How to correctly fit a bra to reduce back pain and overall womens health and wellness.
Bra shopping can be an overwhelming, intimidating and stressful event, but it doesn’t need to be. Knowing your correct bra size (which a majority of the women – roughly 85%! - out there don’t) will make your shopping trip a much more pleasant one. It was only in the last few years that I started viewing it in the positive, instead of a chore that needed to be dealt with and you can to.
Like most women, for years I was wearing the incorrect bra size. I had been sized in the past, but to be totally honest, the last time that happened was when I was being fit for my very first bra when I was about ten years old. Since then, I had just been wearing what I thought looked good, not factoring in much else. After a while I decided it was time to get sized and see just how off I really was. Turns out I was off by a lot! I thought I was just a really busty B-cup when in realty I was teetering between a 38C and 32D, depending on the bra.
Wearing a bra of the wrong size can lead to back pain, shoulder pain, issues in your posture and an overall feeling of discomfort. If your bra is riding up your back, or if you are spilling over the top or around your underarms than you are probably wearing a bra that is too small. That being said, getting your correct measurements is easier than you think. You can either go to the bra section of your local department store and have one of the associates there size you or, if you’re like me and are a bit uncomfortable with someone nosing around your naughty bits, you can accurately size yourself at home. All you need is a flexible measuring tape (or some string and a ruler) and possibly a calculator.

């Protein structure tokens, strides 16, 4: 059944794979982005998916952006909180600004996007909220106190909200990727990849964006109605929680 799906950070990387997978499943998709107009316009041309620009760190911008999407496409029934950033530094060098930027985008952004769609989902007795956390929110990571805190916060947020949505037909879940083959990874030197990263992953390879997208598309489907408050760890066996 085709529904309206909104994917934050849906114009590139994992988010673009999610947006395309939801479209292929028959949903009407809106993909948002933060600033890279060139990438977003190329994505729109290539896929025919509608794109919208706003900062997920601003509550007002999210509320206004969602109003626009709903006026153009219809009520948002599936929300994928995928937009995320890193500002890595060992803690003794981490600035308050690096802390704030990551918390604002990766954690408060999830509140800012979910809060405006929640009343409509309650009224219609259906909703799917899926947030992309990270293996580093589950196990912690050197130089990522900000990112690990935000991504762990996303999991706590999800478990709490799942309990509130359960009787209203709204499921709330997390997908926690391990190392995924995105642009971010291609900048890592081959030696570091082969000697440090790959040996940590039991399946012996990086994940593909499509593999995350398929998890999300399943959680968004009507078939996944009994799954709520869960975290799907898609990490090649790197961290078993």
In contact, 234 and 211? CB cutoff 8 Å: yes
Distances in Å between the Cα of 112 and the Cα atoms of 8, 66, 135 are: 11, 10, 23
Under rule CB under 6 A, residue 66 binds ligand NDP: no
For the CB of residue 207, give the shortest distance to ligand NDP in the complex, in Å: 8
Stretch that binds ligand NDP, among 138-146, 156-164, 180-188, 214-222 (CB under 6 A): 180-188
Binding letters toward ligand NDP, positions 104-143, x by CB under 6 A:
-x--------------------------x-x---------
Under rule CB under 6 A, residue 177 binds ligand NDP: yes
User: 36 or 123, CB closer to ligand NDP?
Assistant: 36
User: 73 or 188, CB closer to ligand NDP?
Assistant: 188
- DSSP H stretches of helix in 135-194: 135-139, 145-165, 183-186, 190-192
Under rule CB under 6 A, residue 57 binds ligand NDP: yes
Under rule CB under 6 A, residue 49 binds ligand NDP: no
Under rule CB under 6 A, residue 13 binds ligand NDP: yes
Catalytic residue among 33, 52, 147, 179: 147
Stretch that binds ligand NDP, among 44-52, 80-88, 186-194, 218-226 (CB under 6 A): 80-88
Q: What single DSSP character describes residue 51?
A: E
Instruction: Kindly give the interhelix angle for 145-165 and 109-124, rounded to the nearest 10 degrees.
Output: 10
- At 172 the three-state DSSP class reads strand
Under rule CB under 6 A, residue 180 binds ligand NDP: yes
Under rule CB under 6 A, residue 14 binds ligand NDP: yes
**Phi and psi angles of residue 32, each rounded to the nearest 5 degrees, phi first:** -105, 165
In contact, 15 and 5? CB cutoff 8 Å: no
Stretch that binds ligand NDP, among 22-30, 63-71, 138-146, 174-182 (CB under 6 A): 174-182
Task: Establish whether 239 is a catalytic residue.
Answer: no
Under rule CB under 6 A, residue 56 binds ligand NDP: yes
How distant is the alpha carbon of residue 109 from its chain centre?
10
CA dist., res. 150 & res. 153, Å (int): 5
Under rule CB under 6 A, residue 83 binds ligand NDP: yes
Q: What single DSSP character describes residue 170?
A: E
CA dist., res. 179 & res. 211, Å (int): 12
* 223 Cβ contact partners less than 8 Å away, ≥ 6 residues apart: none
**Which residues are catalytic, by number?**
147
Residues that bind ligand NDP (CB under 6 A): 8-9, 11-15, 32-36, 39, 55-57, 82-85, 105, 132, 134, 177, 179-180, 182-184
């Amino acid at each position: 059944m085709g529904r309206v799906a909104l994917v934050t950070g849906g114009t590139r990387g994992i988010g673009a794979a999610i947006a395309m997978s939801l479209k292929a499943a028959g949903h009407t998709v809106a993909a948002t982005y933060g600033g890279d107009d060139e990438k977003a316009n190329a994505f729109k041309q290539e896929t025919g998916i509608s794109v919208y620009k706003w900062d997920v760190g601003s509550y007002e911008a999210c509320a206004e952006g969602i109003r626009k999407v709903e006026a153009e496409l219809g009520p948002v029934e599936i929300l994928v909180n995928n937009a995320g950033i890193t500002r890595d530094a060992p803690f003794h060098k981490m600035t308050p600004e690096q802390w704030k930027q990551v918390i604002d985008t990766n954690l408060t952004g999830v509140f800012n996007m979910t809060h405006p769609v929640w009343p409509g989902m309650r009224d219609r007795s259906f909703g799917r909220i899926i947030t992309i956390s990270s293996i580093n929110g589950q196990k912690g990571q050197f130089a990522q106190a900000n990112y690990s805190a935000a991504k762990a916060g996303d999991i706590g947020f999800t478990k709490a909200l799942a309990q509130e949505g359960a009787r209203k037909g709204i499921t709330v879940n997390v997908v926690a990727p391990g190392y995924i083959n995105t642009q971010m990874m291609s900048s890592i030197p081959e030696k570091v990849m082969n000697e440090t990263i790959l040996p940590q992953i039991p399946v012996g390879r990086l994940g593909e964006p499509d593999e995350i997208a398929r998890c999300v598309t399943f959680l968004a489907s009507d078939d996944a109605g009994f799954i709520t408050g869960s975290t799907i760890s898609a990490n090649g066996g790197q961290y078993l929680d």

When measuring your bra size, there are two areas that are important: your band size (the numbers – 32, 34, etc) and your cup size (the letters – A. B, etc).
In order to determine your band size, measure directly under your bust line by holding the tape (or string) firmly under your bust and be sure to keep it straight and parallel to the floor. Take the number you get and then either round it up or down to the next whole number.
Example: If you measure 30 ½ inches, round it up to 31 inches.
If you measure 30 ¼ inches, round it down to 30 inches.
Once you have your whole number, add 3 inches to it.
Example: If you measure 31 inches, add 3 inches. This will give you a total of 34, which is your band size. Note that bras are sized in even numbers. If you find yourself left with an odd number (35 for example), round up the next even number (36 in this case).
In order to determine your cup size, measure around the fullest part of your bust. Only go so far that the ends of the tape are touching. Do not strain or squeeze to get a smaller number. Even though small numbers are generally more appealing to us women, when it comes to fitting a bra, comfort is more important. Just as you did while measuring the band, make sure you keep the tape straight and parallel the ground. Also with the band size, you will round your number up or down to the nearest whole number.
Here is where the math comes in. Take your band size from before (we will use 34 as our example) and subtract it from the measurement you just took for you cup size.
Example: If you measured 37 inches for your cup size, subtract the 34 inches from your band size. You are left with a difference of 3 inches.
The number that is your difference will make up your cup size as follows:
Up to 1” difference = A cup
2” difference = B cup
3” difference = C cup
4” difference = D cup
5” difference = DD or E cup
6” difference = DDD or F cup
7” difference = G cup
8” difference = H cup
9” difference = I cup
10” difference = J cup
In the end, our example measures a 34C.
Ladies, you now have no excuse for wearing an ill fitting bra. You owe it to yourself to be comfortable and to look good.